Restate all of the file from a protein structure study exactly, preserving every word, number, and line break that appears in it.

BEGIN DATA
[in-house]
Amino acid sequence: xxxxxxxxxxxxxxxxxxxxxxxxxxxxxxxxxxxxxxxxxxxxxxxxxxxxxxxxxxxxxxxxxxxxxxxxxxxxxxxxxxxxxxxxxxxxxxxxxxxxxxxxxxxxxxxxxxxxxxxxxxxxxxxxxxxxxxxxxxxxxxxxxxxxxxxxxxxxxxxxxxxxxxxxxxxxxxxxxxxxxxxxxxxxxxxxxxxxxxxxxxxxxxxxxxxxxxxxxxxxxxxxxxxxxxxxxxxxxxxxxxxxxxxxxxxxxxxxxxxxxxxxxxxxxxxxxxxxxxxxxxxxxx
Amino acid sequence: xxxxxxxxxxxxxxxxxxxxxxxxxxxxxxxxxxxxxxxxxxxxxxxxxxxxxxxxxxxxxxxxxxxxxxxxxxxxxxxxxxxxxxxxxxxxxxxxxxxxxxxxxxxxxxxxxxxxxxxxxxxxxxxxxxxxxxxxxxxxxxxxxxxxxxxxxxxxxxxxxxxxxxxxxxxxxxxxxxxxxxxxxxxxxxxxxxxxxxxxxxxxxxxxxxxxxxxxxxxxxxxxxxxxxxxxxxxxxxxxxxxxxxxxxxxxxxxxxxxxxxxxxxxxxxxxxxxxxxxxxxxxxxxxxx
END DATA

[in-house]
Amino acid sequence: xxxxxxxxxxxxxxxxxxxxxxxxxxxxxxxxxxxxxxxxxxxxxxxxxxxxxxxxxxxxxxxxxxxxxxxxxxxxxxxxxxxxxxxxxxxxxxxxxxxxxxxxxxxxxxxxxxxxxxxxxxxxxxxxxxxxxxxxxxxxxxxxxxxxxxxxxxxxxxxxxxxxxxxxxxxxxxxxxxxxxxxxxxxxxxxxxxxxxxxxxxxxxxxxxxxxxxxxxxxxxxxxxxxxxxxxxxxxxxxxxxxxxxxxxxxxxxxxxxxxxxxxxxxxxxxxxxxxxxxxxxxxxx
Amino acid sequence: xxxxxxxxxxxxxxxxxxxxxxxxxxxxxxxxxxxxxxxxxxxxxxxxxxxxxxxxxxxxxxxxxxxxxxxxxxxxxxxxxxxxxxxxxxxxxxxxxxxxxxxxxxxxxxxxxxxxxxxxxxxxxxxxxxxxxxxxxxxxxxxxxxxxxxxxxxxxxxxxxxxxxxxxxxxxxxxxxxxxxxxxxxxxxxxxxxxxxxxxxxxxxxxxxxxxxxxxxxxxxxxxxxxxxxxxxxxxxxxxxxxxxxxxxxxxxxxxxxxxxxxxxxxxxxxxxxxxxxxxxxxxxxxxxx